Old age brings with it stiff and aching joints, arthritis and poor balance. Bathing in warm water — one of the oldest pain remedies in the world — is beneficial to seniors. It relaxes and eases discomfort.
Medication can ease pain and inflammation, but they also have side-effects and can contribute to dizziness and confusion. This increases the likelihood of falls — one of the most frequent reasons for over 65-year-olds visiting the ER.
Bathtubs for the elderly have doors, eliminating the need to step over the side of the tub. They also include features such as heated seats and an aromatherapy spa mode so that bathers can ease discomforts and enjoy some pampering.
Regular soaking in a warm, bubbling bath could ease symptoms, relax the bather and rejuvenate them. It also offers the following benefits.
Warm baths improve range of movement.
A study of people with osteoarthritis found that those who had mineral baths not only reduced their pain but also increased their range of movement and functionality. They needed fewer pain meds when using water for pain relief, and there were also fewer hospital admissions.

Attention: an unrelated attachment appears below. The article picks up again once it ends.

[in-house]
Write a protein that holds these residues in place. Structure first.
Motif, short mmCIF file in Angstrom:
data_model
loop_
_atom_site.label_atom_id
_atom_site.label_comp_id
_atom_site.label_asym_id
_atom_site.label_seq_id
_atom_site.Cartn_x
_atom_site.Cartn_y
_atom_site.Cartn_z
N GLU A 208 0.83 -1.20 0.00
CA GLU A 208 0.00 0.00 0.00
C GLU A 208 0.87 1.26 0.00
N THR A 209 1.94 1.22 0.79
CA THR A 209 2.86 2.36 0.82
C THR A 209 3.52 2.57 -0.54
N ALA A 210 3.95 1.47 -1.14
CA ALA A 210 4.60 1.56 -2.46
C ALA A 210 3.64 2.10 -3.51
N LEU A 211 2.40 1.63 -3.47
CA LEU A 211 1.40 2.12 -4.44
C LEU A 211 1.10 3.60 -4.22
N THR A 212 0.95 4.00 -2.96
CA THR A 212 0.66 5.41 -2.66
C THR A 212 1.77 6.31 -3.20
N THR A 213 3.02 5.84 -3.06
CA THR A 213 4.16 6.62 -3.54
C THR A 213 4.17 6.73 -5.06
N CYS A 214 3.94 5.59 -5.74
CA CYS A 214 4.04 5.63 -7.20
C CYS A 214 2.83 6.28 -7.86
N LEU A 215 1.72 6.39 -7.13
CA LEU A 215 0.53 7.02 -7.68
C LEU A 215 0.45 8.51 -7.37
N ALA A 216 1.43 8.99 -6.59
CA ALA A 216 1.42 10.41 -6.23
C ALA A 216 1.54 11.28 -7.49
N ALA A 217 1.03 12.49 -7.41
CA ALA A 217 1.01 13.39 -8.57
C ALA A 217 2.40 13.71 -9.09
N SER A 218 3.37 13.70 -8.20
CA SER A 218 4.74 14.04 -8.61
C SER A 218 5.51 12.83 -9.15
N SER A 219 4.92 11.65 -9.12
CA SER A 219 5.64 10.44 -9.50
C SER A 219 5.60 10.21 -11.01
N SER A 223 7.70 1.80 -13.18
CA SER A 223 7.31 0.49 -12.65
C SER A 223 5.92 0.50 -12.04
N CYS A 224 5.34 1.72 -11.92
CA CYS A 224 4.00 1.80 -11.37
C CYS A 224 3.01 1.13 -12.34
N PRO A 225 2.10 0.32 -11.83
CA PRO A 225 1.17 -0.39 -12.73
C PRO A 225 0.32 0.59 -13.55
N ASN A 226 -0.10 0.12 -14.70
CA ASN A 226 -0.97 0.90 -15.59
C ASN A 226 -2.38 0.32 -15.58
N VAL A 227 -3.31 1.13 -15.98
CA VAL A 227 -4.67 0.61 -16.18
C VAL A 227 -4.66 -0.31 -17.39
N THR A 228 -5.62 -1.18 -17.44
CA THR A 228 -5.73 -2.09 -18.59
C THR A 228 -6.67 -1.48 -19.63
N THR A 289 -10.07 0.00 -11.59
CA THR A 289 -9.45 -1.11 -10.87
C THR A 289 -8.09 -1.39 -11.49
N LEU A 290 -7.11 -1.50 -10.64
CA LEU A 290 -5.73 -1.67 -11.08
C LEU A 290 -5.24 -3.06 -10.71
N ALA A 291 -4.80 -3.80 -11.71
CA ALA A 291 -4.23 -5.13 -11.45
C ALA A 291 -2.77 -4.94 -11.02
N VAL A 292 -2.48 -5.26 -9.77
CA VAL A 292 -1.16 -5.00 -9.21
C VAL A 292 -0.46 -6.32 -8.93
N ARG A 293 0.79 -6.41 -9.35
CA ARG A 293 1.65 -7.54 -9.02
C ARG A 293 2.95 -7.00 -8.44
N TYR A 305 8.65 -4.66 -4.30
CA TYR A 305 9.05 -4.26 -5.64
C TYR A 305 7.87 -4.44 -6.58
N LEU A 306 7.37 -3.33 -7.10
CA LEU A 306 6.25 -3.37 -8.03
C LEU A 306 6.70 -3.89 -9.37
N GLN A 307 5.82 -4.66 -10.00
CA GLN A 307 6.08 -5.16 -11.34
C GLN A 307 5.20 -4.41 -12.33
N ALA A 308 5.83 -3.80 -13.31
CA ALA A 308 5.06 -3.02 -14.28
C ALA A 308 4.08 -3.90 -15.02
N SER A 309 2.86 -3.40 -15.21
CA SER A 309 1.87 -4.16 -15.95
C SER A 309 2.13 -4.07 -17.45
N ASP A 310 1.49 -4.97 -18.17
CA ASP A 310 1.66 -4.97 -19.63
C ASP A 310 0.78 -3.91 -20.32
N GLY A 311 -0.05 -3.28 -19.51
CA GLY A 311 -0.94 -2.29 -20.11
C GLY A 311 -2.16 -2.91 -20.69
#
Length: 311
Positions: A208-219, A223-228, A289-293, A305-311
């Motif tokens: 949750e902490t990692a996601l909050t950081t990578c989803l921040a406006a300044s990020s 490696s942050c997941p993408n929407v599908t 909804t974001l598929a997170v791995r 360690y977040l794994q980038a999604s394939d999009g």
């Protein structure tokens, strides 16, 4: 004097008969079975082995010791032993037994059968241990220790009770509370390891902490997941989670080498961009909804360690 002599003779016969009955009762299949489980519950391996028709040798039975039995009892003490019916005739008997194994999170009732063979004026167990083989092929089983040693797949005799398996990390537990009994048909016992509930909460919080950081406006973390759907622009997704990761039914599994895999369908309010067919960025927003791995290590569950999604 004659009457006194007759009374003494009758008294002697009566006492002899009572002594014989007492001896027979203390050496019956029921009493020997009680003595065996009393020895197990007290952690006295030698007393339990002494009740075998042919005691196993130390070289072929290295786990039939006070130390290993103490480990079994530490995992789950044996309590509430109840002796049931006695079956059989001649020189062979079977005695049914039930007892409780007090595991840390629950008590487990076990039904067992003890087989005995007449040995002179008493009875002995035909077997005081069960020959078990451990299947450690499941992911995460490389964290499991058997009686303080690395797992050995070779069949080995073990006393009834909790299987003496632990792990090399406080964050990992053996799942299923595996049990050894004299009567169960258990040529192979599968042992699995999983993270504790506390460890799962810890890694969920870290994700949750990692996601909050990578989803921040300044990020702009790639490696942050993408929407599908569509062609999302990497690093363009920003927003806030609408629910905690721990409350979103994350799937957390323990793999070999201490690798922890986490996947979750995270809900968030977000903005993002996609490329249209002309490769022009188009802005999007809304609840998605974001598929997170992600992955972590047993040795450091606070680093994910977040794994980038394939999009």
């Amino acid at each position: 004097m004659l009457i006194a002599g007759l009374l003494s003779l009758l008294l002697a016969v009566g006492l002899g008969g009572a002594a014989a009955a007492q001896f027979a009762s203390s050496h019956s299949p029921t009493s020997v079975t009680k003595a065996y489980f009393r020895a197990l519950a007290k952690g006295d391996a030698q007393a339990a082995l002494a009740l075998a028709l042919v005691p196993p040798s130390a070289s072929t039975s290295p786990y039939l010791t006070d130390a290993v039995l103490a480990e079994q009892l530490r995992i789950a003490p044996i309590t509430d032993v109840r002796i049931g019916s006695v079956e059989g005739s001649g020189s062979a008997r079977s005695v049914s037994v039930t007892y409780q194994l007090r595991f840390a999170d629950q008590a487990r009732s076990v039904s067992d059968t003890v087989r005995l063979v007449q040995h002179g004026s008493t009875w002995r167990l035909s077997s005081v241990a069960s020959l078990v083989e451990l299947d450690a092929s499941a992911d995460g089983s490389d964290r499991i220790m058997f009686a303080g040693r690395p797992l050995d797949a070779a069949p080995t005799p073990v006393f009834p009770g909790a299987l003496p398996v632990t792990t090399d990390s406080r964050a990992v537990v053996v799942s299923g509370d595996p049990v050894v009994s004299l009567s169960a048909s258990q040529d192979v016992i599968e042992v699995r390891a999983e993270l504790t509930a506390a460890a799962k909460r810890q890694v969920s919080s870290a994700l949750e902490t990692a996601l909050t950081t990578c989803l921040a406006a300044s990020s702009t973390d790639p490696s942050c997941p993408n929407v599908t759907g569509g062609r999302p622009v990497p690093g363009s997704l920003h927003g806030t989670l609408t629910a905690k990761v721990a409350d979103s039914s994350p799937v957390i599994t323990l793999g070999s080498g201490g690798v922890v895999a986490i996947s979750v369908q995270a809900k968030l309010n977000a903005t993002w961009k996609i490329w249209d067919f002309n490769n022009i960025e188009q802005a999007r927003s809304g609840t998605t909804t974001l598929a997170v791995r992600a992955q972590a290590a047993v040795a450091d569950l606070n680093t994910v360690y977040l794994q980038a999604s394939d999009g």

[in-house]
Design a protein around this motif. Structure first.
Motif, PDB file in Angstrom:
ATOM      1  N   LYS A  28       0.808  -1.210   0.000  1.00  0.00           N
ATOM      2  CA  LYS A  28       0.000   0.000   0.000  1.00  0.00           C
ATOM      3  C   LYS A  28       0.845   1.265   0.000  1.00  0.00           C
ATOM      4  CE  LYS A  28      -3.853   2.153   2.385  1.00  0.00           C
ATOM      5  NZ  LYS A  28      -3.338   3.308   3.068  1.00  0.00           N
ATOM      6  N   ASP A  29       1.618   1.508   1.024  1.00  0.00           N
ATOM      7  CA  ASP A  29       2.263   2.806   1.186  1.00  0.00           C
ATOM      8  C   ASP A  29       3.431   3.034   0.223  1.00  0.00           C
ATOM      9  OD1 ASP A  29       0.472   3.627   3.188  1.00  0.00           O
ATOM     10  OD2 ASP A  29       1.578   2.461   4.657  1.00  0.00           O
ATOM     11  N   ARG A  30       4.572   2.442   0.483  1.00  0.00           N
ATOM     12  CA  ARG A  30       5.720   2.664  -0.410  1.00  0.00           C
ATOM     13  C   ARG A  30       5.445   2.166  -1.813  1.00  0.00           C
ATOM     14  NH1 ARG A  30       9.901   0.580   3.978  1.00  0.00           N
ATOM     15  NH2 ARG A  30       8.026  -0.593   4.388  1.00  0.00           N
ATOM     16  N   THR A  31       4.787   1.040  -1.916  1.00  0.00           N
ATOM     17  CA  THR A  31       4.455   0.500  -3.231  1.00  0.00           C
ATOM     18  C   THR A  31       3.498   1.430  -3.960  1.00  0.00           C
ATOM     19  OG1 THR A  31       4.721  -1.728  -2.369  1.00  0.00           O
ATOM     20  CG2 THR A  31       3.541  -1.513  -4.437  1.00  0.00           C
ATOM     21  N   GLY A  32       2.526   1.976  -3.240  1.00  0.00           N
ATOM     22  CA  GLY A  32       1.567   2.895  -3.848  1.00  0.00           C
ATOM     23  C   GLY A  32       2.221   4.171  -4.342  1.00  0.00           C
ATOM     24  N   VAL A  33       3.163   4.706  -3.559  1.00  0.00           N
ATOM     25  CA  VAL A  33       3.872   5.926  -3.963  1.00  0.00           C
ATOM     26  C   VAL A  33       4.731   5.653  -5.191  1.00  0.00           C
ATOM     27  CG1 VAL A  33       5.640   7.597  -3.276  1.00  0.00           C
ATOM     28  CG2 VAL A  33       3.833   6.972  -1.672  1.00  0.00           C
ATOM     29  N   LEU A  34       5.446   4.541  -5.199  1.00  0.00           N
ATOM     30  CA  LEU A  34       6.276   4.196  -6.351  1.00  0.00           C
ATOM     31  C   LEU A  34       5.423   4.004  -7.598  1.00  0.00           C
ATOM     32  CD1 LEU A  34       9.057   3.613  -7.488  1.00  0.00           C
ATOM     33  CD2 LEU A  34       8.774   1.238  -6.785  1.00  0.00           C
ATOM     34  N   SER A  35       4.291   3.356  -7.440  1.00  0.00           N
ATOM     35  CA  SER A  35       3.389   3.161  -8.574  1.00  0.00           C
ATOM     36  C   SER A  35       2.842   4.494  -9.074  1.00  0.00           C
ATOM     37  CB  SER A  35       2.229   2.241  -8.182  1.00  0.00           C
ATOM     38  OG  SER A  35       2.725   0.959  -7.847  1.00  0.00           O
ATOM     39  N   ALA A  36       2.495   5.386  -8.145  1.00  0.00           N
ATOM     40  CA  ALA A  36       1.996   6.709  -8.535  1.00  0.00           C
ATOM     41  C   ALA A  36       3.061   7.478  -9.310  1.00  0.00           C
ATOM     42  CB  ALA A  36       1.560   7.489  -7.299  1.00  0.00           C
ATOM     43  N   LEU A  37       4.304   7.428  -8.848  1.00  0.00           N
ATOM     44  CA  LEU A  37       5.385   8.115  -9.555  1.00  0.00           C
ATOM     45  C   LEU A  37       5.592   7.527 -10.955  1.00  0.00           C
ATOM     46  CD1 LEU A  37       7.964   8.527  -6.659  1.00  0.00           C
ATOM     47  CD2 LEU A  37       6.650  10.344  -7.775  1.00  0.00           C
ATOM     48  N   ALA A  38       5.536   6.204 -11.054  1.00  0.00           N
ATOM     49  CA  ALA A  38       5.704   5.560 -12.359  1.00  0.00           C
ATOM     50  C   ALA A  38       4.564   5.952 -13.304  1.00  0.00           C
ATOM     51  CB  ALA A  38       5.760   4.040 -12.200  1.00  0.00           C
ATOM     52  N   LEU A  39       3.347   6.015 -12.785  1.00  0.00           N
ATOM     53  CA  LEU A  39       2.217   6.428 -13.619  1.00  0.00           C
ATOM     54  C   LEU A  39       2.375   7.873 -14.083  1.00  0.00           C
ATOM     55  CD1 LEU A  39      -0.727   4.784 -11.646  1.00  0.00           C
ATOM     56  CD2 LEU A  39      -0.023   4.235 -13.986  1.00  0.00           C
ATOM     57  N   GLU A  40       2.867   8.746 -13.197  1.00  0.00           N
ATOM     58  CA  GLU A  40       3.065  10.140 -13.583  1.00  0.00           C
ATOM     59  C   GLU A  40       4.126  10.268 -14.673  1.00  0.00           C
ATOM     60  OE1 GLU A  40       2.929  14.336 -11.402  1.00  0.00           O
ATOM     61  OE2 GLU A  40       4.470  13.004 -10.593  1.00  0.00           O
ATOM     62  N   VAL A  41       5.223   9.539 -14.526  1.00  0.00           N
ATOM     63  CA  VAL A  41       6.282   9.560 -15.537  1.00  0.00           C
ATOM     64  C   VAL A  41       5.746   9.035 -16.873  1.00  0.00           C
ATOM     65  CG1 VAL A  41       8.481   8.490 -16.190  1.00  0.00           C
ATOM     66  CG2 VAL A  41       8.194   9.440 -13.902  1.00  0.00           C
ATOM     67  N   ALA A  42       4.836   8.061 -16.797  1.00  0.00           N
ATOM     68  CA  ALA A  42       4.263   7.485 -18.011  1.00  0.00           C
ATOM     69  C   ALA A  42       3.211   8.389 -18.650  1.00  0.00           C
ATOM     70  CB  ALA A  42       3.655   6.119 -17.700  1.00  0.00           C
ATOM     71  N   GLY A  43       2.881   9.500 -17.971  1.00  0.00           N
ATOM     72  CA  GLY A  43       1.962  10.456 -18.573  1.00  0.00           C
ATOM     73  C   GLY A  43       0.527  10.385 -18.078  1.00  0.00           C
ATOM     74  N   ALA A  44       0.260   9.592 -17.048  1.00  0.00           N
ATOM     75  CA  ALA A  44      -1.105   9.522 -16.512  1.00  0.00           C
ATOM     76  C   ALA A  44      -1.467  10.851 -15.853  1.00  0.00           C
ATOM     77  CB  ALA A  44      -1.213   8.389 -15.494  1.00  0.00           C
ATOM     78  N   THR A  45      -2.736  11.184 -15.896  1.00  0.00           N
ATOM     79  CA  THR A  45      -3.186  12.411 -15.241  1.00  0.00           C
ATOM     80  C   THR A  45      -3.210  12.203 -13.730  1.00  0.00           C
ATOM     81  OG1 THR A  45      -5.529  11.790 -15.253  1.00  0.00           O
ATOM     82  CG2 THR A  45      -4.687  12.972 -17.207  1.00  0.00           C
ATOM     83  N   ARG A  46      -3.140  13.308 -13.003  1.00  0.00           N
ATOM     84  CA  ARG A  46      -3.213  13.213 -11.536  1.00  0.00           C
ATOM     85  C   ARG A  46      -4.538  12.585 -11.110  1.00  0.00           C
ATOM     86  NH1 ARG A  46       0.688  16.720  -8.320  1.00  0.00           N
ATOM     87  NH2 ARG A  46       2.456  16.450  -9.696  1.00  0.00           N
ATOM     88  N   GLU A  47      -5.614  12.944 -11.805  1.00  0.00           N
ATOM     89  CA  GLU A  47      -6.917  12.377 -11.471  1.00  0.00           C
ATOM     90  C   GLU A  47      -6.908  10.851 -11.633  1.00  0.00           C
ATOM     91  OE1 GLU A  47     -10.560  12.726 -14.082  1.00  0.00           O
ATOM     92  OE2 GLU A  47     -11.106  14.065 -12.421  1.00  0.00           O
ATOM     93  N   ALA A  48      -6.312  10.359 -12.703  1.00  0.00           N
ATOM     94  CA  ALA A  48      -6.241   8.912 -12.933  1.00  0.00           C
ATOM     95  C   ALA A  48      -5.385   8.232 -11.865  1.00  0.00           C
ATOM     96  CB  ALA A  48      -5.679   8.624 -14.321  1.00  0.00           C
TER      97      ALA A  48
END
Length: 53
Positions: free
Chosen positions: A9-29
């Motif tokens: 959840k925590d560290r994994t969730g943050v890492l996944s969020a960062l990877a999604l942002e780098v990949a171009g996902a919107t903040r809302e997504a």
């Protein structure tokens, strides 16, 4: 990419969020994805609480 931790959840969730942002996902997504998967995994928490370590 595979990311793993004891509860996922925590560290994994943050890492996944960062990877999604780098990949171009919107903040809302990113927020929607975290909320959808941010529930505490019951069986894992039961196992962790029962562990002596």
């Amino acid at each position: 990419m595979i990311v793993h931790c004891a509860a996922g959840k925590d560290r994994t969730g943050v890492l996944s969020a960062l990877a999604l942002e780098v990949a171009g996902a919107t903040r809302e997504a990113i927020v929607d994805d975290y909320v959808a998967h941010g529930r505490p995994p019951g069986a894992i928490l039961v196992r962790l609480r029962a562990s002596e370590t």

Warm baths produce endorphins.
A warm bath also stimulates the body to produce endorphins, which is a natural painkiller. Endorphins are powerful pain relievers. One study estimated that they were 30 times stronger than morphine. They also produce a sense of wellbeing and contentment — the perfect antidote for anxiety and depression.
Anxiety is common in later years. Declining health, retirement and the death of friends in their peer group can take the shine out of life. Incorporating a relaxing soak into the daily routine could provide a needed boost.
Warm baths can count as a workout.
Reduced mobility could contribute to obesity and heart disease, but relaxing in the tub for an hour burns as many calories as a 30-minute walk — great for seniors who find exercising difficult.
Seniors with pain or mobility restrictions should try warm bathing in a walk-in tub and feel how it benefits them.